Open your eyes, and you’ll find that today’s story is quite a sight.
The Perfect Little Village of Ponyville
[Adventure] [Alternate Universe] [Comedy] [Drama] • 35,747 words
Vinyl Scratch wakes up to find herself the personal student of Princess Celestia, sent to the obscure village of Ponyville to oversee preparations for the millennial Summer Sun Celebration.
Vinyl can only imagine two possible explanations for what has happened: she has tumbled into an alternate universe where she’s Twilight Sparkle, or, after everypony telling her she’d do it eventually, she’s finally gone and lost her mind.
FROM THE CURATORS: Six seasons in, it can be interesting to return to some of the fandom’s earliest tales — and occasionally, quite rewarding as well. “I’ve got some metafiction for y’all, from all the way back in the dimly remembered time of 2012,” Chris said in his nomination. “Don’t be fooled by its age, though: this fic still holds its own, five years later.” And, indeed, we found the quality of this fic leaping right off the page at us. “The narrative voice just drew me right in as did the simple, sweet writing,” AugieDog said. “I dislike the phrase ‘a facility of language’ because it’s so pretentious, but that’s exactly what I found myself thinking it demonstrated about halfway through chapter one.”
The main element drawing our praise, however, was the unusual way this gambled with its structure — and the rich way that gamble paid off. “This is a fic which you have to give the benefit of the doubt, but I found that my tentative acceptance was repaid in spades,” Chris said. “For example, there is in fact a reason why the narrator occasionally interjects to comment on the narrative structure.” AugieDog agreed, with a musical twist: “Appropriately enough for something with so much music in it, this is a perfect example of what I’ve always thought of as ‘con brio’ storytelling,” he said. “Right from the first dozen paragraphs, the author leaps off the narrative cliff while saying, ‘Leap off with me, and it’ll be well worth your time.'” And Horizon appreciated the way it put those choices to deeper use: “It makes no apologies or excuses for its structural oddity, and not only manages to back-justify it, but also manages to use that unique narrative format to unroll character and plot.”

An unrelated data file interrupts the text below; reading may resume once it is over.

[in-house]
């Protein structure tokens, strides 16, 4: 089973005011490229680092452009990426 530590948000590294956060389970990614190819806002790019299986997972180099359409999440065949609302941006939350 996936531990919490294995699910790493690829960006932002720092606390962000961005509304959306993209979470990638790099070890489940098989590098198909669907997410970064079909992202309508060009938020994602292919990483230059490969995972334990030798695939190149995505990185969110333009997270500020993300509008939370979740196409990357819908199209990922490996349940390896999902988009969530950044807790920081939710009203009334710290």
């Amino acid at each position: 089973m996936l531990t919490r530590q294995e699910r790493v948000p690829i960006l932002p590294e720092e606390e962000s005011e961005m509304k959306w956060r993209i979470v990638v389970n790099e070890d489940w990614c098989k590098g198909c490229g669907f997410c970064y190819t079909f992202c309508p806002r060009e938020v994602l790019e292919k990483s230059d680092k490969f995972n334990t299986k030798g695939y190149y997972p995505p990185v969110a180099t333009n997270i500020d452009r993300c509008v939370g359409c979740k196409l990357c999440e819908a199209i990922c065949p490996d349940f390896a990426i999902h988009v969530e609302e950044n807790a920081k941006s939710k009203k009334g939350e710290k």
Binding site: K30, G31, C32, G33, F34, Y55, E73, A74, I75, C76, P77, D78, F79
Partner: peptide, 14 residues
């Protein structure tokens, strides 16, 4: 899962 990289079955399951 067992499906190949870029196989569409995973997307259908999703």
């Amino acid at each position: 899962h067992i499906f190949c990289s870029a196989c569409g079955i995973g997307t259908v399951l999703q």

Add that to the richness of detail, and we found this an easy winner. “All the flourishes around the edges really make it shine,” Chris said. “The musical theme of the world (matching Vinyl’s interests) is just the most obvious and the one I’m best acquainted with, and it’s so well-formed.” That those details were integrated so neatly into the story was the icing on the cake. “We’re treated to a smorgasbord of cool headcanon that largely has retained its luster six seasons later,” Horizon said. “I liked, for example, the explanation for Luna’s mane, and the addressing scheme for dragonfire letters — all the more so since that seemingly inconsequential detail smoothly shifts into a major plot point.”
Read on for our author interview, in which McPoodle discusses pessimistic inventresses, confounding satires, and repairing the perfect movie.